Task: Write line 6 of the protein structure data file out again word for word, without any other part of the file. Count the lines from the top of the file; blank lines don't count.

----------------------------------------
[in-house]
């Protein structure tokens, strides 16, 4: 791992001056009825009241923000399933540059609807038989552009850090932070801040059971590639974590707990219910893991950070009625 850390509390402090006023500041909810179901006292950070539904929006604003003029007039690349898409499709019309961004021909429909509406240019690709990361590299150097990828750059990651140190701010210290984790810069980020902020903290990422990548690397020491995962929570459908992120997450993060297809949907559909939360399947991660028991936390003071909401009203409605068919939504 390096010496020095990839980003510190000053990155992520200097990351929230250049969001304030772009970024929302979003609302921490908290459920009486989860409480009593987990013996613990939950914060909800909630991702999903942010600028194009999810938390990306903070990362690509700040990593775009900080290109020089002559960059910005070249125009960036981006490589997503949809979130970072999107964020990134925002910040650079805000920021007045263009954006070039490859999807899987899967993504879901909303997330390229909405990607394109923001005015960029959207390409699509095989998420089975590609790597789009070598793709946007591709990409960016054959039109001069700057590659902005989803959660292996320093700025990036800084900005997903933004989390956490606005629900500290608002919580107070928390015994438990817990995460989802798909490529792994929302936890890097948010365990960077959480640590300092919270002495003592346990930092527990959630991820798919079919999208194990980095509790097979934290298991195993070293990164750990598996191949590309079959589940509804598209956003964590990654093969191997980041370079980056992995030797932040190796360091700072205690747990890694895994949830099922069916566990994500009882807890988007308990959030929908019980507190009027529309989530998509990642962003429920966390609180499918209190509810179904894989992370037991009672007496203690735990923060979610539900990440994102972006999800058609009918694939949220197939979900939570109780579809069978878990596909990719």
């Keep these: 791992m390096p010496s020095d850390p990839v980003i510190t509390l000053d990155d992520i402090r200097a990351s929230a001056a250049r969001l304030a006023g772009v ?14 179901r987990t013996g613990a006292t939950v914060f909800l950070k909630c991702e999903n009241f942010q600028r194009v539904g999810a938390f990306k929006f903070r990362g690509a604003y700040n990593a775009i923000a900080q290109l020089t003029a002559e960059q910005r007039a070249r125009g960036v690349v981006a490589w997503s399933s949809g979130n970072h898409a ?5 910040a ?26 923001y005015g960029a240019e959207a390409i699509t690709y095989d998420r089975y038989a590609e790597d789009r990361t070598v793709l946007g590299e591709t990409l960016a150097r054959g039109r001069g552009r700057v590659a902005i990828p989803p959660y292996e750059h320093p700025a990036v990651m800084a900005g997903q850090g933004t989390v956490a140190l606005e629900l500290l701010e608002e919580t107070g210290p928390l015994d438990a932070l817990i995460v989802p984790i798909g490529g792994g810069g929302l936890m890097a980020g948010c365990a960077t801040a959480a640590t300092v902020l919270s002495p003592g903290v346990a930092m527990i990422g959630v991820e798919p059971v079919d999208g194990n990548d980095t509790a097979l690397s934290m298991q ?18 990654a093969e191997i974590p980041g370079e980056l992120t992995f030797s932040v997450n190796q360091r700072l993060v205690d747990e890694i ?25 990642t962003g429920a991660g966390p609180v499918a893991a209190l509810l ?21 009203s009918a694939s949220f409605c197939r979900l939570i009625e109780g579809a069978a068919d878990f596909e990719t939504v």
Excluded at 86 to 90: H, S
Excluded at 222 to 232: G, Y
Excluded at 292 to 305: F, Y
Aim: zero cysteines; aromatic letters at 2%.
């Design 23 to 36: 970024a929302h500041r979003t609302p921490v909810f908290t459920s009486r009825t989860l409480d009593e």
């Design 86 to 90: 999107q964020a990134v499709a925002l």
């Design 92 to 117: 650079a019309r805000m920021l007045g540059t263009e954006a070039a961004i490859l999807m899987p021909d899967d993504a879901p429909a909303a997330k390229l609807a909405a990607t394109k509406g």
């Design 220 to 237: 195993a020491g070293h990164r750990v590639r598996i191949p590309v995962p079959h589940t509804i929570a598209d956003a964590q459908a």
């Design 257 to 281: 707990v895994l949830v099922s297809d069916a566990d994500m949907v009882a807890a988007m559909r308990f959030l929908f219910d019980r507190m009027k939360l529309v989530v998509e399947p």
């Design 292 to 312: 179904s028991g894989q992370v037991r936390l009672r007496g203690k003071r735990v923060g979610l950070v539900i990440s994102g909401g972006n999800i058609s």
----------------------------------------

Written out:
Excluded at 292 to 305: F, Y